Most of us associate vegan diets with social issues, but in The Effective Vegan Diet by Chef Effect the reader is introduced to a number of recipes that contain all the nutrients a body needs to be healthy.
This book exposes many of the myths about vegan diets and offers advice not only on how to cook foods that are good for you, but how to shop effectively to remove unhealthy foods from your diet. An interesting book, but it fails to warn the reader that some of the advice, such as increased consumption of citrus fruits and tomatoes can aggravate gastric conditions.
While I wouldn’t recommend adopting everything this book advocates without consulting a doctor, I still found it interesting and some of the advice useful.
I give it three and a half stars.
Ketogenic Diet for Beginners by Emily Mayr is a step-by-step guide to weight loss through adopting a low-carb, high-fat diet designed to reset the body’s mechanisms to burn fat and help reduce weight.
The author takes readers through the process, explaining the scientific background of the diet regime, and offering recipes and meal schedule suggestions.
As with most changes in diet or other health-related routines, this method should not be undertaken before consulting your health professional.
An interesting book that will add to your knowledge of nutrition and health.
I give it three and a half stars.
Paleolithic humans ate a diet rich in grains and proteins. The so-called paleo diet is one among many of the new ‘miracle’ diets purported to promote rapid weight loss and a healthier body. Paleo Recipes for Rapid Weight Loss by Rosie Daniels is one of many books published in the past two years, promoting this diet. It contains 57 recipes for breakfast, lunch and dinner that are quick and easy to prepare, and are supposed to provide your body with essential nutrients, while at the same time promoting weight loss.
While most of the recipes are, in fact, easy to follow, and actually quite delicious, the book falls short in two main areas: first, there’s not enough description of just what the paleo diet is, in terms of nutrients and how they promote health and weight loss; and secondly, there are no descriptions of the calorie level and nutrients for each recipe. For someone interested in actually effectively losing weight, it is important to know this, if I am to compare this diet to others being pushed.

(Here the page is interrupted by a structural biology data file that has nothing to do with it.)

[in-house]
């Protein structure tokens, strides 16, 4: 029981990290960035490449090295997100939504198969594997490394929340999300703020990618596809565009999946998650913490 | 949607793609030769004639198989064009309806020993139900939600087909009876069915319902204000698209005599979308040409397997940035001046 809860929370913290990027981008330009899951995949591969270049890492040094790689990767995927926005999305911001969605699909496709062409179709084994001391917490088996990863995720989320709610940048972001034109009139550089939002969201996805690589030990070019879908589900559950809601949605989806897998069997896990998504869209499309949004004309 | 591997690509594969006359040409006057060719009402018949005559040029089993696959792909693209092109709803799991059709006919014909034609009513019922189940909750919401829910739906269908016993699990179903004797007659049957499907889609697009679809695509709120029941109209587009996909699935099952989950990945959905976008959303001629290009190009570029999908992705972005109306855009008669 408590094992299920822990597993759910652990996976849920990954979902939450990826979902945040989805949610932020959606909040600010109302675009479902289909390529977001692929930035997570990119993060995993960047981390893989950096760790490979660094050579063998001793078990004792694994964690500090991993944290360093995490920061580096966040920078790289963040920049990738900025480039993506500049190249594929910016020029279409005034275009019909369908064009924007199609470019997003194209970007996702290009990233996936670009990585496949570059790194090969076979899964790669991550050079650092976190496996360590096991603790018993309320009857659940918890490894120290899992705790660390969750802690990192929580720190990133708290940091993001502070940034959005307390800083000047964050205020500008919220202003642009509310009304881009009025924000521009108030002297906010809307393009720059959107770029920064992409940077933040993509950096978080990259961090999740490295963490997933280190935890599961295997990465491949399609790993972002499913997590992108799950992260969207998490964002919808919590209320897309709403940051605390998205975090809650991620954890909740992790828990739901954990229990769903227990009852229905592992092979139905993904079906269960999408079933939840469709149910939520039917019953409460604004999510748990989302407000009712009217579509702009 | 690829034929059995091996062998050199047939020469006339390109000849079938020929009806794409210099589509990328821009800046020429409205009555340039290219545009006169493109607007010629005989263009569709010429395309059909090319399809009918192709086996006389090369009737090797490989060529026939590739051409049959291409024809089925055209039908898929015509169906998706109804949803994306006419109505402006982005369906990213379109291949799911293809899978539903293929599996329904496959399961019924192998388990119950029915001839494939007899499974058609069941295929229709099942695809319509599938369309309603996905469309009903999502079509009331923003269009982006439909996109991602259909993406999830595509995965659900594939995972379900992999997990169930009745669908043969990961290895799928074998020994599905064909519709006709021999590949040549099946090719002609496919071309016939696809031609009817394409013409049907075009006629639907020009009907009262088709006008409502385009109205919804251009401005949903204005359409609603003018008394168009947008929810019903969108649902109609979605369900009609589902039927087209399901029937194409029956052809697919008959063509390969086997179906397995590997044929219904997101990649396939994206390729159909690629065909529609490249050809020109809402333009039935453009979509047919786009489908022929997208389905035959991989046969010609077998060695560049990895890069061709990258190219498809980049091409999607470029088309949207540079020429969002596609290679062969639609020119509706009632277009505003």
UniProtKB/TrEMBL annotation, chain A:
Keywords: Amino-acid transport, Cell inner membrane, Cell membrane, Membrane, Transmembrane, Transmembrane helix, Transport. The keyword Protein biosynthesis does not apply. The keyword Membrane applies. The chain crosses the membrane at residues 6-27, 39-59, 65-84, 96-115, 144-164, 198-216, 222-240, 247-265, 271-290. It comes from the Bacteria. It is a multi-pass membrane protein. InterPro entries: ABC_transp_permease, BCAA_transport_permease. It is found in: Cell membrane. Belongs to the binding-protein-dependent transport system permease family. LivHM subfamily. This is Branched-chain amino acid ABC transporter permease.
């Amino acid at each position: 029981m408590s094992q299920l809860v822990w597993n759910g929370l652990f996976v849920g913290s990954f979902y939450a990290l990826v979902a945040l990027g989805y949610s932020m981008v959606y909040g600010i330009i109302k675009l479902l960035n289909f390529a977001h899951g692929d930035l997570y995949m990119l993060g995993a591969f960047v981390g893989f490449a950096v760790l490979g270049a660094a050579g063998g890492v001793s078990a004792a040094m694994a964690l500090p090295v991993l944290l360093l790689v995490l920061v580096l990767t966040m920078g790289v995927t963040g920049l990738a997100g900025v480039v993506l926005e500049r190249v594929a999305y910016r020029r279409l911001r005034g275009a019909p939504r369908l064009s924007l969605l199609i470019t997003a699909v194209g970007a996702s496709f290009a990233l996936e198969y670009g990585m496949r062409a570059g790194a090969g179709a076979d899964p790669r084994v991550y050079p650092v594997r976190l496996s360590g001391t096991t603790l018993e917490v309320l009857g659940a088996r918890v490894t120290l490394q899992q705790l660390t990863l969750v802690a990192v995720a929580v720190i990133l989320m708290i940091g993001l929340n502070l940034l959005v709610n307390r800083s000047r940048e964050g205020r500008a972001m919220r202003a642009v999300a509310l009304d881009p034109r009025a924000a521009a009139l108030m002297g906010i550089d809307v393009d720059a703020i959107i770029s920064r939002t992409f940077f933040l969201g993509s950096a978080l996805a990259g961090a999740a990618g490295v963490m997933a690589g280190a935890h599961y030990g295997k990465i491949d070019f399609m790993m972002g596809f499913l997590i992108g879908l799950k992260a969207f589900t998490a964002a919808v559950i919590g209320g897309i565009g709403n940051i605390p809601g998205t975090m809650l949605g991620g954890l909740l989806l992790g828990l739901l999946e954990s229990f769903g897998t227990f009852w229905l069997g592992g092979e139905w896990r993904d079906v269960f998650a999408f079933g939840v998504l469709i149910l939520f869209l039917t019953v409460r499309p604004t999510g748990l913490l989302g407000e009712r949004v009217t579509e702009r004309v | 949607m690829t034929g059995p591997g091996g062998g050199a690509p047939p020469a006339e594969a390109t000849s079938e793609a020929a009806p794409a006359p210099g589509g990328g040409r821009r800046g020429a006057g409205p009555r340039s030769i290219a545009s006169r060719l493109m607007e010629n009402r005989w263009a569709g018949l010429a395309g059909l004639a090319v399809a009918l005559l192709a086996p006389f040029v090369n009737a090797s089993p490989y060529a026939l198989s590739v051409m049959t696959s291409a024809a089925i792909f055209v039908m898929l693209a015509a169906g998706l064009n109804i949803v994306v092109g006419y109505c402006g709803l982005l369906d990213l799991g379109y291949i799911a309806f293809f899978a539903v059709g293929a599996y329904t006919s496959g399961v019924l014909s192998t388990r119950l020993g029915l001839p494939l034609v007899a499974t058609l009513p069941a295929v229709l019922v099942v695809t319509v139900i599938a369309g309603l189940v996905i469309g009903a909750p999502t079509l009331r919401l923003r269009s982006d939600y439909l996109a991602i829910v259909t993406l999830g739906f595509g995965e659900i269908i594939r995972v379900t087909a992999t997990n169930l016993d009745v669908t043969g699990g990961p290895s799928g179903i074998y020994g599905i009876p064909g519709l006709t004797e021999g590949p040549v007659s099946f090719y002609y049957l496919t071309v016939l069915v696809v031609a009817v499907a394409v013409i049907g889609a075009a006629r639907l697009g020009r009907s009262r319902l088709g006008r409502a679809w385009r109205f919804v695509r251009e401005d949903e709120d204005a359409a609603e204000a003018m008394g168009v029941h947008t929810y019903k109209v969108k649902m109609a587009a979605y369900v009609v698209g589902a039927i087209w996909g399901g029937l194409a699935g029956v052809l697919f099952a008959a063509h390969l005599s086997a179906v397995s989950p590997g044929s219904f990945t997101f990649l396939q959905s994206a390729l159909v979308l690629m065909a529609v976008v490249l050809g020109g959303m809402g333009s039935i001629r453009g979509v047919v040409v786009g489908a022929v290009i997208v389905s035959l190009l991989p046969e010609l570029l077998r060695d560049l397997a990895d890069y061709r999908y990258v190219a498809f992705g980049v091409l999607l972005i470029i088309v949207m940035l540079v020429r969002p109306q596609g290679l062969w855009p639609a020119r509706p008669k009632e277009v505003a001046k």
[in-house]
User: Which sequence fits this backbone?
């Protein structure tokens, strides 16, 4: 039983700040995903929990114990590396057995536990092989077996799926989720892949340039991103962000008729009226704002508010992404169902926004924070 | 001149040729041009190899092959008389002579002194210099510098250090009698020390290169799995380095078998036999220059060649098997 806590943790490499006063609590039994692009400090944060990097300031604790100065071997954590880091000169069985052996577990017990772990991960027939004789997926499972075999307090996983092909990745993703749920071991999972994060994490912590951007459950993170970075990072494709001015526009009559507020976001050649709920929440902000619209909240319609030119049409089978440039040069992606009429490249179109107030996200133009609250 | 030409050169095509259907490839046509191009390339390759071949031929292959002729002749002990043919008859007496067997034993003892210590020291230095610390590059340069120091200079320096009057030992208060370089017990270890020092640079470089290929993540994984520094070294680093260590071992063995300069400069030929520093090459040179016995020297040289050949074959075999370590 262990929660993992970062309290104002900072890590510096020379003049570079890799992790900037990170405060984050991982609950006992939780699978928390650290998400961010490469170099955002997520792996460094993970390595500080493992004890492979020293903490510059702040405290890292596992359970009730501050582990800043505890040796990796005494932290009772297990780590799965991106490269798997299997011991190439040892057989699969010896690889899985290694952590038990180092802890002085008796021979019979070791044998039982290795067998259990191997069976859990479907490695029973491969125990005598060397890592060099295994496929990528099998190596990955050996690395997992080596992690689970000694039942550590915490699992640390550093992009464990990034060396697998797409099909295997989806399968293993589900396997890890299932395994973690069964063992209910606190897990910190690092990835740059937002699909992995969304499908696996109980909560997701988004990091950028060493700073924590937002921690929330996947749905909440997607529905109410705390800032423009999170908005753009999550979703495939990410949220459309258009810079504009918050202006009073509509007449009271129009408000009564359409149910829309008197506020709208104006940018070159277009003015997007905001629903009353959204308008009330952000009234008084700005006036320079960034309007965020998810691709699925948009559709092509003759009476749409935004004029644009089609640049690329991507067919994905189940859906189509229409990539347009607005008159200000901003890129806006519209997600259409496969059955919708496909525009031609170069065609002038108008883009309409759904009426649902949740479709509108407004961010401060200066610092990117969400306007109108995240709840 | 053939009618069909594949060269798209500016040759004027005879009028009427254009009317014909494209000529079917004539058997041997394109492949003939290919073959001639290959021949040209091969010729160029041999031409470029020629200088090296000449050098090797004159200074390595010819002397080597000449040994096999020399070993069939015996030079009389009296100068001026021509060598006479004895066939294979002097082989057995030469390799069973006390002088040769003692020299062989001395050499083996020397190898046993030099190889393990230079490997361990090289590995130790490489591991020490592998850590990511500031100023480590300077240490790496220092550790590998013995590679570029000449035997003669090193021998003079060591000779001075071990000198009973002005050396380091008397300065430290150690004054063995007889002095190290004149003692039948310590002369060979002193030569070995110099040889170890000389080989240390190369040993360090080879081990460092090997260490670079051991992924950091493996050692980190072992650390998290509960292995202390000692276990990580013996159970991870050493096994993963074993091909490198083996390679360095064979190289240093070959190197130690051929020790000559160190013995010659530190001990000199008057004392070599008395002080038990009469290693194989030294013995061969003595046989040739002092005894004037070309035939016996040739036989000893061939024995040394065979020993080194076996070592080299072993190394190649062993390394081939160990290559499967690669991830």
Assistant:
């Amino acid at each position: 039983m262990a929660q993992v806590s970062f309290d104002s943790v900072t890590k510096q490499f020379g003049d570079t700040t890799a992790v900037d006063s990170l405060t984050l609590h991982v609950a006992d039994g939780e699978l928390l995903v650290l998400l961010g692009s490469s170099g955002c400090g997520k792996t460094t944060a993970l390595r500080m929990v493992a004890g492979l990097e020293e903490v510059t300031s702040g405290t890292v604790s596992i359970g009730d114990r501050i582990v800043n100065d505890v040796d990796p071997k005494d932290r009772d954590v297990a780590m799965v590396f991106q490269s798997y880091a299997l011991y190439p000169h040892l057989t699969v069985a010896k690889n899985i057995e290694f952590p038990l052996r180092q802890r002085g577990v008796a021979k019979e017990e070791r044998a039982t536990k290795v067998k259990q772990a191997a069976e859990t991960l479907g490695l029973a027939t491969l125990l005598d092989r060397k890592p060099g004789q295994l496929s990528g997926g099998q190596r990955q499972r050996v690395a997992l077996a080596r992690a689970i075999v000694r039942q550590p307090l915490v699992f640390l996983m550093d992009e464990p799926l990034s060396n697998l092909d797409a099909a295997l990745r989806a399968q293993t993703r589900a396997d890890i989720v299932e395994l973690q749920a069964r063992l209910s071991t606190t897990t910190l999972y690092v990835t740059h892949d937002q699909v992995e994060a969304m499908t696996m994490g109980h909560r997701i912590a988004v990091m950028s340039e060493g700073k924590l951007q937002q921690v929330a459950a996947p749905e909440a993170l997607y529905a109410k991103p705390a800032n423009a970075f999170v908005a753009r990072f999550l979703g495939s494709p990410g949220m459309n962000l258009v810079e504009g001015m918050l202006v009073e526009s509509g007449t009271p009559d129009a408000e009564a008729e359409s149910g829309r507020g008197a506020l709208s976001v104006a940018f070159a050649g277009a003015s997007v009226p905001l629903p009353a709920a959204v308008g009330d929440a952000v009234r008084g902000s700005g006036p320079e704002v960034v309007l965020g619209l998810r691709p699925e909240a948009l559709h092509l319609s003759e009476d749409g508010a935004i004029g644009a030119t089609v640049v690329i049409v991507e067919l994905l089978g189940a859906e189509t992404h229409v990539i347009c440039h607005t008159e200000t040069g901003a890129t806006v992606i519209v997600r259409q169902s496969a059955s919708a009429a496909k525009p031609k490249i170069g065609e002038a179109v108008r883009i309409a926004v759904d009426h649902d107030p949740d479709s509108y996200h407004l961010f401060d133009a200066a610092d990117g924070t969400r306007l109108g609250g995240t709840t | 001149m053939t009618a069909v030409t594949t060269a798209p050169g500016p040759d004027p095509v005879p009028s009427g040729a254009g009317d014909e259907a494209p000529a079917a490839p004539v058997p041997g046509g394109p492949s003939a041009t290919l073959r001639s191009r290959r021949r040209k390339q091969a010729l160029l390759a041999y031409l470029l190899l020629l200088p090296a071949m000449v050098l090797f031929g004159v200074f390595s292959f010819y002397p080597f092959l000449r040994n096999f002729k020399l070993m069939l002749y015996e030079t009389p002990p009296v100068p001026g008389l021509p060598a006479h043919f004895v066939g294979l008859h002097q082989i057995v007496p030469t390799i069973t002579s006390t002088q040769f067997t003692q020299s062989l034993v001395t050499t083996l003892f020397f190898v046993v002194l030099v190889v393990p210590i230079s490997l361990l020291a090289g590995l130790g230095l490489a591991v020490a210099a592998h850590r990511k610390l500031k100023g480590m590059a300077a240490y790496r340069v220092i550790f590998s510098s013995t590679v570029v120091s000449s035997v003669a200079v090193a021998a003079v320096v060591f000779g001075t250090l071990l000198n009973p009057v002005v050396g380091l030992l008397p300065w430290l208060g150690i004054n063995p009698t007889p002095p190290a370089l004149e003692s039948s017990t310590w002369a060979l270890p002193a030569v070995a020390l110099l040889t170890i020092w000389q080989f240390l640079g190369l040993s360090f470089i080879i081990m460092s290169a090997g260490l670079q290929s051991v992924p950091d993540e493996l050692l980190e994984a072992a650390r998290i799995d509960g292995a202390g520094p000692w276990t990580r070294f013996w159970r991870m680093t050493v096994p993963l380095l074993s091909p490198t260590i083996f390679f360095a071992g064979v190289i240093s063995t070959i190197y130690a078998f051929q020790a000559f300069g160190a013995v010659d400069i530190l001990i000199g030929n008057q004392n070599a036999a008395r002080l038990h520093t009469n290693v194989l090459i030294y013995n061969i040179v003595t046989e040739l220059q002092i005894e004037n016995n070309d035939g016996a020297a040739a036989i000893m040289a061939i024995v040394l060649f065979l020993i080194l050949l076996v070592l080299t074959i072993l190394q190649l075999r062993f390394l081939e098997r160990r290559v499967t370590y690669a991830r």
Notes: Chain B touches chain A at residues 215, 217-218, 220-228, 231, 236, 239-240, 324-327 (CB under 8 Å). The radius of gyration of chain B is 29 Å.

I received a free copy of the e-Book, and it didn’t contain any pictures. They’re not essential, but do help to make a cookbook more interesting, if for no other reason than to compare what I cook with the author’s ideal version.
As a cookbook, this is a handy addition to my kitchen library, but as a weight-loss book, I’m afraid it falls short, so I can only give it three stars.
Review of ‘7 Days Juicing Weight Loss, Detox and Cleanse: Discover How to Improve Your Health with 7 Day Juice Fast Diet, Detox and Cleanse Recipes Program’
7 Days Juicing Weight Loss, Detox and Cleanse: Discover How to Improve Your Health with 7 Day Juice Fast Diet, Detox and Cleanse Recipes Program
I approached John Miller’s 7 Days Juicing Weight Loss, Detox and Cleanse with the same degree of skepticism I have for most books that promise fantastic results in a short period of time. Miller’s book introduces juice as a way to jump start your metabolism, flush toxins from your system, and lose weight.
Written in simple, easy to understand language, it does offer some pretty good recipes for making fruit and vegetable juices. It should, however, be viewed carefully and its advice followed with caution. For one thing, it suggests removing the fiber from fruits and vegetables which takes away one of the essential elements for regularity and colon health. He offers some alternatives to this, but they’re not as effective as natural fiber found in many fruits and vegetables. Another recommendation is to buy all organic items, which is healthier, I suppose, but depending upon where you live, could be quite expensive.
Some really good ideas in this small book, but I can’t really recommend that a reader jump in and adopt the whole thing—at least not before consulting your physician. Maybe some of these recipes to replace lunch or supper would achieve the results, maybe in a longer time, but more safely.
A well-written book, but given the topic and my misgivings I give it three stars, with a caution, ‘Buyer Beware!’